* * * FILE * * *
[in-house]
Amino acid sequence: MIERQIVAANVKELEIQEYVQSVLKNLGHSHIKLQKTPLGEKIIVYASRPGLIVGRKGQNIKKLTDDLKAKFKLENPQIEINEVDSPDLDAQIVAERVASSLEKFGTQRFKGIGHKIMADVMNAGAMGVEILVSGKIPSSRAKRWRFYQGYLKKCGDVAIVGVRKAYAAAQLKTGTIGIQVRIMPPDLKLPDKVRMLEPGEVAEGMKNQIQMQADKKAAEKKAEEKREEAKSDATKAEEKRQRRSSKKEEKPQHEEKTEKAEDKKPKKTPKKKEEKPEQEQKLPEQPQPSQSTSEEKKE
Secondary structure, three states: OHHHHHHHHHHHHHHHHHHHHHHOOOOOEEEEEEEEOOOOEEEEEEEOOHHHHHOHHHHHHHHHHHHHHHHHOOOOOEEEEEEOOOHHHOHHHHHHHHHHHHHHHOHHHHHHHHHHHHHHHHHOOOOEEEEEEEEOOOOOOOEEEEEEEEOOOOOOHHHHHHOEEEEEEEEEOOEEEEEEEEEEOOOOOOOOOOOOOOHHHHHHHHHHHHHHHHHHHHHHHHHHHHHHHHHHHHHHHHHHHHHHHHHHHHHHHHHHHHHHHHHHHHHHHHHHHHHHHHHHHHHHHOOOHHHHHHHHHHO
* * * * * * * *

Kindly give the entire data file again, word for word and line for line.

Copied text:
[in-house]
Amino acid sequence: MIERQIVAANVKELEIQEYVQSVLKNLGHSHIKLQKTPLGEKIIVYASRPGLIVGRKGQNIKKLTDDLKAKFKLENPQIEINEVDSPDLDAQIVAERVASSLEKFGTQRFKGIGHKIMADVMNAGAMGVEILVSGKIPSSRAKRWRFYQGYLKKCGDVAIVGVRKAYAAAQLKTGTIGIQVRIMPPDLKLPDKVRMLEPGEVAEGMKNQIQMQADKKAAEKKAEEKREEAKSDATKAEEKRQRRSSKKEEKPQHEEKTEKAEDKKPKKTPKKKEEKPEQEQKLPEQPQPSQSTSEEKKE
Secondary structure, three states: OHHHHHHHHHHHHHHHHHHHHHHOOOOOEEEEEEEEOOOOEEEEEEEOOHHHHHOHHHHHHHHHHHHHHHHHOOOOOEEEEEEOOOHHHOHHHHHHHHHHHHHHHOHHHHHHHHHHHHHHHHHOOOOEEEEEEEEOOOOOOOEEEEEEEEOOOOOOHHHHHHOEEEEEEEEEOOEEEEEEEEEEOOOOOOOOOOOOOOHHHHHHHHHHHHHHHHHHHHHHHHHHHHHHHHHHHHHHHHHHHHHHHHHHHHHHHHHHHHHHHHHHHHHHHHHHHHHHHHHHHHHHHOOOHHHHHHHHHHO